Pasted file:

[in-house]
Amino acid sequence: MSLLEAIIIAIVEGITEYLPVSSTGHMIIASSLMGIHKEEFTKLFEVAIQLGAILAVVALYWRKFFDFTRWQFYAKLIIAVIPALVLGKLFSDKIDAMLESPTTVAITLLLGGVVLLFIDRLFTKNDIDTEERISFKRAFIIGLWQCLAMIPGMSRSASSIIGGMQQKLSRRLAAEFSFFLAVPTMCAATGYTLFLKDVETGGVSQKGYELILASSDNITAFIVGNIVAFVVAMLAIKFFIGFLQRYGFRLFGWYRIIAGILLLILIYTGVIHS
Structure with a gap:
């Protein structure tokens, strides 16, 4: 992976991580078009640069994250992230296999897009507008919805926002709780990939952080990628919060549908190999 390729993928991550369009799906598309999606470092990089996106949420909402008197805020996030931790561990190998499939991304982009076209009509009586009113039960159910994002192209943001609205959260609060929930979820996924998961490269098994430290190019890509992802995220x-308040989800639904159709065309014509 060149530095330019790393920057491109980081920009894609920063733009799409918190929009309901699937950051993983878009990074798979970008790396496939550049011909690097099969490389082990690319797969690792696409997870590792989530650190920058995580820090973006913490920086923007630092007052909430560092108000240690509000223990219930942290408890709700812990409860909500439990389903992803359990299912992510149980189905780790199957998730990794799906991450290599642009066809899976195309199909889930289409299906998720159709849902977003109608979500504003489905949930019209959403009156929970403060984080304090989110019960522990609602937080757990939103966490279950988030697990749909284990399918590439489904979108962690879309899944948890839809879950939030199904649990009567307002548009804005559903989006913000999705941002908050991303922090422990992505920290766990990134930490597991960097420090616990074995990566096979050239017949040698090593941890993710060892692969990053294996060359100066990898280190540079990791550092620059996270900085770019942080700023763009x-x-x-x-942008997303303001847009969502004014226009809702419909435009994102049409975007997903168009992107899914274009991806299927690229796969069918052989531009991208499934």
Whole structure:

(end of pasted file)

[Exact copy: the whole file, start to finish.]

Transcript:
[in-house]
Amino acid sequence: MSLLEAIIIAIVEGITEYLPVSSTGHMIIASSLMGIHKEEFTKLFEVAIQLGAILAVVALYWRKFFDFTRWQFYAKLIIAVIPALVLGKLFSDKIDAMLESPTTVAITLLLGGVVLLFIDRLFTKNDIDTEERISFKRAFIIGLWQCLAMIPGMSRSASSIIGGMQQKLSRRLAAEFSFFLAVPTMCAATGYTLFLKDVETGGVSQKGYELILASSDNITAFIVGNIVAFVVAMLAIKFFIGFLQRYGFRLFGWYRIIAGILLLILIYTGVIHS
Structure with a gap:
């Protein structure tokens, strides 16, 4: 992976991580078009640069994250992230296999897009507008919805926002709780990939952080990628919060549908190999 390729993928991550369009799906598309999606470092990089996106949420909402008197805020996030931790561990190998499939991304982009076209009509009586009113039960159910994002192209943001609205959260609060929930979820996924998961490269098994430290190019890509992802995220x-308040989800639904159709065309014509 060149530095330019790393920057491109980081920009894609920063733009799409918190929009309901699937950051993983878009990074798979970008790396496939550049011909690097099969490389082990690319797969690792696409997870590792989530650190920058995580820090973006913490920086923007630092007052909430560092108000240690509000223990219930942290408890709700812990409860909500439990389903992803359990299912992510149980189905780790199957998730990794799906991450290599642009066809899976195309199909889930289409299906998720159709849902977003109608979500504003489905949930019209959403009156929970403060984080304090989110019960522990609602937080757990939103966490279950988030697990749909284990399918590439489904979108962690879309899944948890839809879950939030199904649990009567307002548009804005559903989006913000999705941002908050991303922090422990992505920290766990990134930490597991960097420090616990074995990566096979050239017949040698090593941890993710060892692969990053294996060359100066990898280190540079990791550092620059996270900085770019942080700023763009x-x-x-x-942008997303303001847009969502004014226009809702419909435009994102049409975007997903168009992107899914274009991806299927690229796969069918052989531009991208499934």
Whole structure: